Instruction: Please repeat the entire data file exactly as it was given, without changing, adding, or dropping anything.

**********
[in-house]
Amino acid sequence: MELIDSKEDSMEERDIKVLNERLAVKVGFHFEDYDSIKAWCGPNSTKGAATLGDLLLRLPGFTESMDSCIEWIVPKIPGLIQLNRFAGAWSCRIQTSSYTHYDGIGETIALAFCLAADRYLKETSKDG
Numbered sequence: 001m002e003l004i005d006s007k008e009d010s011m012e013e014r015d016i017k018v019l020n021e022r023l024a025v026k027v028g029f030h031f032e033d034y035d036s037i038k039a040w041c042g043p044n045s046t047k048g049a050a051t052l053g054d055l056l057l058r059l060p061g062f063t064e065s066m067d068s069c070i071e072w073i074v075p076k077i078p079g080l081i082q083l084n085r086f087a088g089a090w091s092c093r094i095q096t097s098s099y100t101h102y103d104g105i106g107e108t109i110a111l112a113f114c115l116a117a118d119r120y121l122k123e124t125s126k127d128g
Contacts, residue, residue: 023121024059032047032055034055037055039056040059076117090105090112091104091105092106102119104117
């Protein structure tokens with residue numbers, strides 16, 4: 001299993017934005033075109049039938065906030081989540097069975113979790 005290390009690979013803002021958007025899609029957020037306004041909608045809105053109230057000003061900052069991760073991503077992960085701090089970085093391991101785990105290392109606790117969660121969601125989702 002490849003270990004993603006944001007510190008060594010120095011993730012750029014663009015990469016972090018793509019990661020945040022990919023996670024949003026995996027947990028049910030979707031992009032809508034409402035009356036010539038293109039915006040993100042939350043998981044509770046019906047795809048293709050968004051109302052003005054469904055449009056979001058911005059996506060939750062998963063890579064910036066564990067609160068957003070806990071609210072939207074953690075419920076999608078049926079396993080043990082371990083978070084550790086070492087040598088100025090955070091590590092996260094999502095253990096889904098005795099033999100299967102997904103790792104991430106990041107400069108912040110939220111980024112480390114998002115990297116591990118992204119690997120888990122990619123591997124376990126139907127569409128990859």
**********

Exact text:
[in-house]
Amino acid sequence: MELIDSKEDSMEERDIKVLNERLAVKVGFHFEDYDSIKAWCGPNSTKGAATLGDLLLRLPGFTESMDSCIEWIVPKIPGLIQLNRFAGAWSCRIQTSSYTHYDGIGETIALAFCLAADRYLKETSKDG
Numbered sequence: 001m002e003l004i005d006s007k008e009d010s011m012e013e014r015d016i017k018v019l020n021e022r023l024a025v026k027v028g029f030h031f032e033d034y035d036s037i038k039a040w041c042g043p044n045s046t047k048g049a050a051t052l053g054d055l056l057l058r059l060p061g062f063t064e065s066m067d068s069c070i071e072w073i074v075p076k077i078p079g080l081i082q083l084n085r086f087a088g089a090w091s092c093r094i095q096t097s098s099y100t101h102y103d104g105i106g107e108t109i110a111l112a113f114c115l116a117a118d119r120y121l122k123e124t125s126k127d128g
Contacts, residue, residue: 023121024059032047032055034055037055039056040059076117090105090112091104091105092106102119104117
């Protein structure tokens with residue numbers, strides 16, 4: 001299993017934005033075109049039938065906030081989540097069975113979790 005290390009690979013803002021958007025899609029957020037306004041909608045809105053109230057000003061900052069991760073991503077992960085701090089970085093391991101785990105290392109606790117969660121969601125989702 002490849003270990004993603006944001007510190008060594010120095011993730012750029014663009015990469016972090018793509019990661020945040022990919023996670024949003026995996027947990028049910030979707031992009032809508034409402035009356036010539038293109039915006040993100042939350043998981044509770046019906047795809048293709050968004051109302052003005054469904055449009056979001058911005059996506060939750062998963063890579064910036066564990067609160068957003070806990071609210072939207074953690075419920076999608078049926079396993080043990082371990083978070084550790086070492087040598088100025090955070091590590092996260094999502095253990096889904098005795099033999100299967102997904103790792104991430106990041107400069108912040110939220111980024112480390114998002115990297116591990118992204119690997120888990122990619123591997124376990126139907127569409128990859």